Feature Stories

He's the Voice of Civil Engineering: Patrick Natale Named Outstanding NCE Alum

Patrick Natale, executive director of the American Society of Civil Engineers, was named an Outstanding Alumnus by NCE.

Patrick Natale is one of the nation's leading advocates of civil engineering.

As executive director of the American Society of Civil Engineers (ASCE), Natale represents 140,000 civil engineers. He directs a staff of 250 employees as well as 6,000 volunteers. The society advances civil engineering on several fronts: It develops codes and standards; publishes journals, magazines and books; runs continuing education classes and lobbies the federal government on how to maintain the nation’s infrastructure. Every four years, the society also publishes its Report Card for America’s Infrastructure.

Natale, recently named an Outstanding Alumnus by NCE, is passionate about the role that civil engineers play in safeguarding America’s environment.

“Civil engineers design the buildings and bridges, the roads and reservoirs, the tunnels and airports as well as the water and sewer systems without which our economy could not function,” says Natale, who earned a civil engineering degree in 1970 and a master’s in engineering management in 1975 from NJIT.

Natale has been executive director of ASCE, the nation’s oldest national professional engineering society, since 2002.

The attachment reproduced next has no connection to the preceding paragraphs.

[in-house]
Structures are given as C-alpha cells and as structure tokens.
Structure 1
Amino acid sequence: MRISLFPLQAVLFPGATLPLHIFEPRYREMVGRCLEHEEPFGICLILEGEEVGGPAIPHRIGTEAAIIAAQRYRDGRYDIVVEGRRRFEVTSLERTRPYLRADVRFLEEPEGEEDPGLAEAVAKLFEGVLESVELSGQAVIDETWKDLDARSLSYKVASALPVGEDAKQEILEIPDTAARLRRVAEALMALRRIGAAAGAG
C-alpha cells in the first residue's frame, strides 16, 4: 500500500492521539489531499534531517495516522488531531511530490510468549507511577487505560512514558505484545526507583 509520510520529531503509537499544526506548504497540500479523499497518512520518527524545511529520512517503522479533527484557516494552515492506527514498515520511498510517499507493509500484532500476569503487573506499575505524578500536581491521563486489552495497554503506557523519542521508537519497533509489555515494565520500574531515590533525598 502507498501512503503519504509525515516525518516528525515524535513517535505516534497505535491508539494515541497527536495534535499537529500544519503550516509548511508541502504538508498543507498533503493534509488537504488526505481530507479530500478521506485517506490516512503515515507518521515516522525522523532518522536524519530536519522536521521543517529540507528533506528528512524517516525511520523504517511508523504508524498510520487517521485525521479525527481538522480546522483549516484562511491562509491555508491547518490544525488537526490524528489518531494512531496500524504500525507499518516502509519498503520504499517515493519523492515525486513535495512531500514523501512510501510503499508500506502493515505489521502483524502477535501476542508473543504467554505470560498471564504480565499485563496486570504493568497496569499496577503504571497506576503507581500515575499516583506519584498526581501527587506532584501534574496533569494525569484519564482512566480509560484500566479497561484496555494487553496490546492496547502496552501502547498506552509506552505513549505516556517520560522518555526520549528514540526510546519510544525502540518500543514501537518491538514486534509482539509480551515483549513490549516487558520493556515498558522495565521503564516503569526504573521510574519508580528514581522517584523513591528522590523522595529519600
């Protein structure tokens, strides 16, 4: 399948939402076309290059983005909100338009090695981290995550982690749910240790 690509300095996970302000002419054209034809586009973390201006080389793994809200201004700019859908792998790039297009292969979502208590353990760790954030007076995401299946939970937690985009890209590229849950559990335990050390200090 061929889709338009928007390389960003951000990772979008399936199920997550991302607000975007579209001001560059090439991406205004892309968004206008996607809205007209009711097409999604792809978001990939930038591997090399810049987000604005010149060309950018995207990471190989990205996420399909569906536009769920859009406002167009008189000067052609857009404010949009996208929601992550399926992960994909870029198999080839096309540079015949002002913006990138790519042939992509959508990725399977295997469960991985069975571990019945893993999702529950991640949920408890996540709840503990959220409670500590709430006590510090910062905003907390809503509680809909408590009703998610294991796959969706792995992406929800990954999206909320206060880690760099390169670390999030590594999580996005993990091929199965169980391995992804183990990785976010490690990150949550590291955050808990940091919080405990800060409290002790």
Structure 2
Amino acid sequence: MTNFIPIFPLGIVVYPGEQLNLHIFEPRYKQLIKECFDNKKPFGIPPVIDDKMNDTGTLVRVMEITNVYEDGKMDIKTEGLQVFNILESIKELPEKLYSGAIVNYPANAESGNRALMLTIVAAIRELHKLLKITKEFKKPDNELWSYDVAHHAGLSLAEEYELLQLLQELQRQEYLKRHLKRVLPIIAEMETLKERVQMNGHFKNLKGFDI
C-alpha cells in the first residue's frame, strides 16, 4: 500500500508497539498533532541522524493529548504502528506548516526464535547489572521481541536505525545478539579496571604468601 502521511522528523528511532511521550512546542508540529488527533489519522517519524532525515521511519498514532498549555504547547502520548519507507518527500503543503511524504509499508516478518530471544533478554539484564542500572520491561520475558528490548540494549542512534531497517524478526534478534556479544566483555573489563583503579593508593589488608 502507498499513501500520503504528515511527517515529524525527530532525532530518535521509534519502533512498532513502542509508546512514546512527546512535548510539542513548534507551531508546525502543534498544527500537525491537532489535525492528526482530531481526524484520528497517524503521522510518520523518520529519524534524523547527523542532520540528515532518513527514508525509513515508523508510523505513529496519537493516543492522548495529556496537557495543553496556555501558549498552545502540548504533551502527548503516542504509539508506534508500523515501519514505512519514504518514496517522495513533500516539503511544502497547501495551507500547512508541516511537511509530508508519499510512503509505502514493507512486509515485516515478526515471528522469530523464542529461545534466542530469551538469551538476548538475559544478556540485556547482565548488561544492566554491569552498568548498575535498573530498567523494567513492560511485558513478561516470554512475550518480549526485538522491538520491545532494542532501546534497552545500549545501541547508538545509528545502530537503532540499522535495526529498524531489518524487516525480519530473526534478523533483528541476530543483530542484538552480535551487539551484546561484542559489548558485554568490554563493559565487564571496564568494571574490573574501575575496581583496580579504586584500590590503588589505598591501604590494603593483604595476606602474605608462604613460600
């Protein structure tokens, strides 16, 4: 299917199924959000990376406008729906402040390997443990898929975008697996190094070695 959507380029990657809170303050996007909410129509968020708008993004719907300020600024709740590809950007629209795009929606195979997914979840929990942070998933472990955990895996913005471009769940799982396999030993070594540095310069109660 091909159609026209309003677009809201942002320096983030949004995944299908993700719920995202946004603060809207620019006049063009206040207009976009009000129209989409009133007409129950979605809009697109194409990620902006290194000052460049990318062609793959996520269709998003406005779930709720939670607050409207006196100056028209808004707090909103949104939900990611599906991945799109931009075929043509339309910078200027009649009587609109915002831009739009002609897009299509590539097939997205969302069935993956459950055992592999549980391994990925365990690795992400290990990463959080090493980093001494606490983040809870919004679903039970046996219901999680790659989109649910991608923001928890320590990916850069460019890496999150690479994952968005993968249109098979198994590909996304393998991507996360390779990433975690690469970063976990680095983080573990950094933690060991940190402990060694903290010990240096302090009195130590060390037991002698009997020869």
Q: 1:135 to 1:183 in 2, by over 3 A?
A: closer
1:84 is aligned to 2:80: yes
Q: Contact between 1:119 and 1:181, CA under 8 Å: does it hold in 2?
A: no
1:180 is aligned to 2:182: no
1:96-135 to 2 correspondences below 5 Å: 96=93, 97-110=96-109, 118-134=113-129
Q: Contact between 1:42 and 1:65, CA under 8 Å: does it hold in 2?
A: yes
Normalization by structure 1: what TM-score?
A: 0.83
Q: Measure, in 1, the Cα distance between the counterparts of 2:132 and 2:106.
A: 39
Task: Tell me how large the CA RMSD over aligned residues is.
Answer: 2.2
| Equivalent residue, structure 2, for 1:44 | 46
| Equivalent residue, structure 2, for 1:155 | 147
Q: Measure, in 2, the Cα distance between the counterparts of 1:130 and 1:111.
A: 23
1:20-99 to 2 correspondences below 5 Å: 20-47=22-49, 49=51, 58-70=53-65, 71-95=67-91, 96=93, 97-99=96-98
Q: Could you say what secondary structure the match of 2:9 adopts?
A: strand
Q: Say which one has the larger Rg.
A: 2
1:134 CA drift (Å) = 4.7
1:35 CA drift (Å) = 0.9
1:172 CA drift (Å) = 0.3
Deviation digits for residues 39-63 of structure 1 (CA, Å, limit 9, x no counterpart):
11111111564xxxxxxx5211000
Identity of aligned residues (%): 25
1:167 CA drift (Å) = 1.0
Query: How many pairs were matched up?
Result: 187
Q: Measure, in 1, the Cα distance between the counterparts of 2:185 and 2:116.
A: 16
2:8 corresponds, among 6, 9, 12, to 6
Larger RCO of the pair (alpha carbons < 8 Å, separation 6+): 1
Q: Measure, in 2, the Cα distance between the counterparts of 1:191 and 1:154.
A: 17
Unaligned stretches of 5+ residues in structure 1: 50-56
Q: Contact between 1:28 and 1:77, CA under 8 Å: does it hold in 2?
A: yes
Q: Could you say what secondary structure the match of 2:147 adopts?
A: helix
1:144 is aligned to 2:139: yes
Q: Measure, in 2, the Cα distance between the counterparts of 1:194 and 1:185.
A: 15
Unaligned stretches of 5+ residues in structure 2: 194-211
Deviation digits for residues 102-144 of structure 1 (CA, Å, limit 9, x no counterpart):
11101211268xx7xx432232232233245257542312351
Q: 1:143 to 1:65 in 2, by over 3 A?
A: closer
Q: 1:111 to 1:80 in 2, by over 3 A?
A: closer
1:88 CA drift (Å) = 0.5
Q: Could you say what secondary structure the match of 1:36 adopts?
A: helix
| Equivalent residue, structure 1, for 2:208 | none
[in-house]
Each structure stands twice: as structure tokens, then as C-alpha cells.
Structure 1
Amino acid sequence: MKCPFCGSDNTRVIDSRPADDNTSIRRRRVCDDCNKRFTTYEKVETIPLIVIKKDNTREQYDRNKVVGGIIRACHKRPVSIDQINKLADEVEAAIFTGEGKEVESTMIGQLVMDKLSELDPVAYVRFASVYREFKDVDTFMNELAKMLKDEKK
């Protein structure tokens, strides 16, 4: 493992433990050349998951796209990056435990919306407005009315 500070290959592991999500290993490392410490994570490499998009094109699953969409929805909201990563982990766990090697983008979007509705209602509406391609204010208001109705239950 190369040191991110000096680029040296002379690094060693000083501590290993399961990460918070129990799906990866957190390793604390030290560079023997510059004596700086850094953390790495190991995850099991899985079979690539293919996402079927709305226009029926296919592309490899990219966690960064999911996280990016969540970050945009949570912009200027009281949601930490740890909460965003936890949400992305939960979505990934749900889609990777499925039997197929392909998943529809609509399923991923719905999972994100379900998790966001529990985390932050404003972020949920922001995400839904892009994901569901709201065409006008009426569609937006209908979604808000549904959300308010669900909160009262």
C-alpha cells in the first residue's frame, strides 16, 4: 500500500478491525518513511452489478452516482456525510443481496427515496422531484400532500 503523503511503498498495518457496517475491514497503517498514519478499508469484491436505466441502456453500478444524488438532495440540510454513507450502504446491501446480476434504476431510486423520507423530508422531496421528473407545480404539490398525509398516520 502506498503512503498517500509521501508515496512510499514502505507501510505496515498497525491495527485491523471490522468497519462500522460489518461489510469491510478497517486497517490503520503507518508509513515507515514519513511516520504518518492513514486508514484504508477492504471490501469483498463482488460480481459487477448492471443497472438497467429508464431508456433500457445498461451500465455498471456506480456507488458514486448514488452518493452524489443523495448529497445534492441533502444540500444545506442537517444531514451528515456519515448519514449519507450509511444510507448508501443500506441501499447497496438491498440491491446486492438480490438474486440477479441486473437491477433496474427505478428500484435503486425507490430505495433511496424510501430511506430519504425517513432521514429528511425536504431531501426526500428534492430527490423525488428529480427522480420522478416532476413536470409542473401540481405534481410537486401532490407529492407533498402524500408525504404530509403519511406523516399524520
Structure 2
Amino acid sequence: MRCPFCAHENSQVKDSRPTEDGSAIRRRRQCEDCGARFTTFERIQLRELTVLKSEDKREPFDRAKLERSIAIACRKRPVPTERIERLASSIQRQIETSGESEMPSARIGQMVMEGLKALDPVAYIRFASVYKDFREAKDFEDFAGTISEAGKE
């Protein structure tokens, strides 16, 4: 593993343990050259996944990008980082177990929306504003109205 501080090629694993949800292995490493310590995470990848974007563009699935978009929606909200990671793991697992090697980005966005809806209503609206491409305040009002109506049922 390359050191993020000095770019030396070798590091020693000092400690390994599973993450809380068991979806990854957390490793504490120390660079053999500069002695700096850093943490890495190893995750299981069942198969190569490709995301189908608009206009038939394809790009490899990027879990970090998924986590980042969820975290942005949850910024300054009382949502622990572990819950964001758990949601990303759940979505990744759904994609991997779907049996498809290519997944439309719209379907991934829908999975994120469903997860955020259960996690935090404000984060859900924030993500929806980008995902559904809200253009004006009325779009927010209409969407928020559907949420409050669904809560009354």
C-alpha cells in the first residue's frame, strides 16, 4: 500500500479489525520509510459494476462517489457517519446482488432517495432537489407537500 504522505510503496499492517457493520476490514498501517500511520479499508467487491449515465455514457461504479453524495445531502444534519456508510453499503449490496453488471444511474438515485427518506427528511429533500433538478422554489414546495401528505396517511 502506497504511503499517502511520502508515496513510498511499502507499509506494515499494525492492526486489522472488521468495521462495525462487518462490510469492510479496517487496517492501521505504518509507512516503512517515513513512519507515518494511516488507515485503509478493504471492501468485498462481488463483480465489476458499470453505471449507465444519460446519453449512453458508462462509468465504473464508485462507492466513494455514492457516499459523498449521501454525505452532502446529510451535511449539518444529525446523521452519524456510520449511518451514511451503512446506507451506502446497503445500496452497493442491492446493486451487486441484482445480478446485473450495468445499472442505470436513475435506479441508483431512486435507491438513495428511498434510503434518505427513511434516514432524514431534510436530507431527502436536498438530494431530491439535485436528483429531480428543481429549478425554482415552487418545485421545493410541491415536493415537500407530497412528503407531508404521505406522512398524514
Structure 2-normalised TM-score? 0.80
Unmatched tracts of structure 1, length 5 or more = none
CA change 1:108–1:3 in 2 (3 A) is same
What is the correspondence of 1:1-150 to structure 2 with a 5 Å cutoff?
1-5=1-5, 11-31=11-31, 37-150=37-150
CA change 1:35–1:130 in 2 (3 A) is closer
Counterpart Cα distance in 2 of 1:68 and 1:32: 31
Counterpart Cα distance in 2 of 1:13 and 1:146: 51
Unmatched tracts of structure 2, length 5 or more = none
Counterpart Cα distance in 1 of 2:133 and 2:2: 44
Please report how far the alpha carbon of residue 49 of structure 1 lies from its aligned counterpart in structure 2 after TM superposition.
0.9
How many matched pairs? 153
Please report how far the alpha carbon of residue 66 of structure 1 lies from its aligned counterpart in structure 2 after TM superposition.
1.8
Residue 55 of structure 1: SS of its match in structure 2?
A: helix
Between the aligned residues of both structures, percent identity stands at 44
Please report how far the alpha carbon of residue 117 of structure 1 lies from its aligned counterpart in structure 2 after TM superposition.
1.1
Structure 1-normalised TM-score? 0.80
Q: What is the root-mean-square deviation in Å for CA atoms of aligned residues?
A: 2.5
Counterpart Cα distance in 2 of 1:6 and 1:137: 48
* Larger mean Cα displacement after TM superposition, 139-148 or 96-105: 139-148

“The public only notices infrastructure when it fails,” he says. “If your road is smooth it’s fine. If a bridge works it’s fine. If the water in your house is clean it’s fine. But when these things fail, everyone notices.”

In Natale’s role with ASCE, he must explain to the public, and to Washington, the importance of investing in infrastructure. It’s also his role to explain that civil engineers possess the technical and design skills to watch over the infrastructure.

Maintaining the nation’s infrastructure is kind of like maintaining the roof on your house, explains Natale. You don’t notice the roof until it leaks. You take the roof for granted. But if your roof springs a leak and you ignore it, the roof goes and your house is hurt. Yet if you fix the leak right away, you preserve your roof and safeguard your house.

“Civil engineers can tell us when our infrastructure needs attention,” he says. “They are the stewards of our environment.”

Before ASCE, Natale had another job promoting engineering. He was the Executive Director of the National Society of Professional Engineers (NSPE), a national group of 60,000 licensed engineers from all fields, not just civil.

And prior to that, he had a long career as an engineer and manager at the Public Service Electric and Gas Company (PSE&G) of N.J. During his 28-year career there, he managed sales, marketing, strategic planning and customer service. He also led PSE&G’s effort to develop the systems to deregulate New Jersey’s energy market.

The work he did at PSE&G earned the company millions of dollars of revenue while also convincing consumers to switch to more environmentally friendly fuels. “It was a win-win situation,” he says.

By Robert Florida